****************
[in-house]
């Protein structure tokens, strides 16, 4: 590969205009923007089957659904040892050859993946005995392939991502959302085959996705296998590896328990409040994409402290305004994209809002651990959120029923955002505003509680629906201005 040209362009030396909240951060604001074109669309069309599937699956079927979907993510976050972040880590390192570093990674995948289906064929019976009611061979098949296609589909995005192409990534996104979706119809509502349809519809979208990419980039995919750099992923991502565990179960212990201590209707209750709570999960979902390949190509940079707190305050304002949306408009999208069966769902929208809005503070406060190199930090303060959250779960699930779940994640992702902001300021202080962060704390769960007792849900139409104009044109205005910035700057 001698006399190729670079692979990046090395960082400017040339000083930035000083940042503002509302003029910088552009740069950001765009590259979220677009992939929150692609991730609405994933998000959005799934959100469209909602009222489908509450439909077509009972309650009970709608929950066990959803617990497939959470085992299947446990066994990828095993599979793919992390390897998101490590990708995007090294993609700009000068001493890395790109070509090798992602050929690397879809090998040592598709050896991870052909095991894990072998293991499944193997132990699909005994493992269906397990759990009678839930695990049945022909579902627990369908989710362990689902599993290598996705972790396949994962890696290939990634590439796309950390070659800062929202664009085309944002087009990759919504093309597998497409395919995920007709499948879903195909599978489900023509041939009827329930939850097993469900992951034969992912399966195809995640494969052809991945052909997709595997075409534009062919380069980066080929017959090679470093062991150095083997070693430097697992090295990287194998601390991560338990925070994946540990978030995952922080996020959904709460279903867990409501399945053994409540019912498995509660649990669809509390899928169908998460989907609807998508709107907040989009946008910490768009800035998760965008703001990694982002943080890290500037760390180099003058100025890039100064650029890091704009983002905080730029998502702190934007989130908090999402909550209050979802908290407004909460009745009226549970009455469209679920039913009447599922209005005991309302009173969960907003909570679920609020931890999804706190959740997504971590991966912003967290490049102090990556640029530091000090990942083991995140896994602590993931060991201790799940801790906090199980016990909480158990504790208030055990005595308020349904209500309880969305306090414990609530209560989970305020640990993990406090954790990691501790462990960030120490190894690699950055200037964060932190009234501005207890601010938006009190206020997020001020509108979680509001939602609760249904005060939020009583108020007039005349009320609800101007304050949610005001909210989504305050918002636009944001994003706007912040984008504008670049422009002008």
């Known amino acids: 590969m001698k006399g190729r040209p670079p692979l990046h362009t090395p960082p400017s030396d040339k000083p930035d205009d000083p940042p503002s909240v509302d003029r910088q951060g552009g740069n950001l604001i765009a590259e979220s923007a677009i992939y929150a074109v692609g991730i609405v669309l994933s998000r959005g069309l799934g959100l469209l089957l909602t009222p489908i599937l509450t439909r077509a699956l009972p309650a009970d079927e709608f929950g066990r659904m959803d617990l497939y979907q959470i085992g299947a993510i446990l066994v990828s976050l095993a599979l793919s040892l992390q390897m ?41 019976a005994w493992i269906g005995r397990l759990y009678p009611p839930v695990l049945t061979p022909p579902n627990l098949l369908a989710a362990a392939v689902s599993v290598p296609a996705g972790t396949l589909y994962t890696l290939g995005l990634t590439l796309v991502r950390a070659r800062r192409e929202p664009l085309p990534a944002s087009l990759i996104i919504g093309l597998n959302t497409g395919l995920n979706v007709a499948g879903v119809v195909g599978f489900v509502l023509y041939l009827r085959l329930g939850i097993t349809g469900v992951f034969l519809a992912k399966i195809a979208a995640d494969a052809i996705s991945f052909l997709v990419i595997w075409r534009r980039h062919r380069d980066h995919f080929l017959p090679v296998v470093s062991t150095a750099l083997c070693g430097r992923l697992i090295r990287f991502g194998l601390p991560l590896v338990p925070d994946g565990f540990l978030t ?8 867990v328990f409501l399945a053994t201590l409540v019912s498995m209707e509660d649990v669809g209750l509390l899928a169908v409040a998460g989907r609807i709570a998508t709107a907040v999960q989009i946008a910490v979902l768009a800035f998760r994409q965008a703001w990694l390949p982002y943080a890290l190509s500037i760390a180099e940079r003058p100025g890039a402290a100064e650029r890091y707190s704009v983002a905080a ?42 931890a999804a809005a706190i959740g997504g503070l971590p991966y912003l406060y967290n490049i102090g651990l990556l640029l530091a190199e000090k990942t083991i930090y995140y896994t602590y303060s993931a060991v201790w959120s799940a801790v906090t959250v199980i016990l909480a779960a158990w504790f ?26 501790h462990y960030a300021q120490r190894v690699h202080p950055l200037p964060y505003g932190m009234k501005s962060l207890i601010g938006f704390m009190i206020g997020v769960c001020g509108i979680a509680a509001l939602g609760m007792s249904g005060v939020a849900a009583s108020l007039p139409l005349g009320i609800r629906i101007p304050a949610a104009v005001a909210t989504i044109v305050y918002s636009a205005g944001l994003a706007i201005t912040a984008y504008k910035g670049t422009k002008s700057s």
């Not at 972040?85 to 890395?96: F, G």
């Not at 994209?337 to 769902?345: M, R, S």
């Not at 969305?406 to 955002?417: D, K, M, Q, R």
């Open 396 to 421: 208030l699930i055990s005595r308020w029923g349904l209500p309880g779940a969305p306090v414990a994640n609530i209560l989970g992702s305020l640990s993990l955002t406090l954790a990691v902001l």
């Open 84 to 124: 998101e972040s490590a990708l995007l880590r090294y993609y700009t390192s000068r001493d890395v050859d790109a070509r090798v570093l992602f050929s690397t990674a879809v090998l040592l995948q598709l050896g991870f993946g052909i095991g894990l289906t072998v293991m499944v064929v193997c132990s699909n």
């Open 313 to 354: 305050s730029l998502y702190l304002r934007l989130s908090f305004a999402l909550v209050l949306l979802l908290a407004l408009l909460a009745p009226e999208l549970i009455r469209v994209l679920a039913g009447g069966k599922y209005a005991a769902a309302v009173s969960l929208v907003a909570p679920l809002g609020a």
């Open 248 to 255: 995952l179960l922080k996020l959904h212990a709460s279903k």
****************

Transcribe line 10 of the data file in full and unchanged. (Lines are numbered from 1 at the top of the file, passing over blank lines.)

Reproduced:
């Open 248 to 255: 995952l179960l922080k996020l959904h212990a709460s279903k």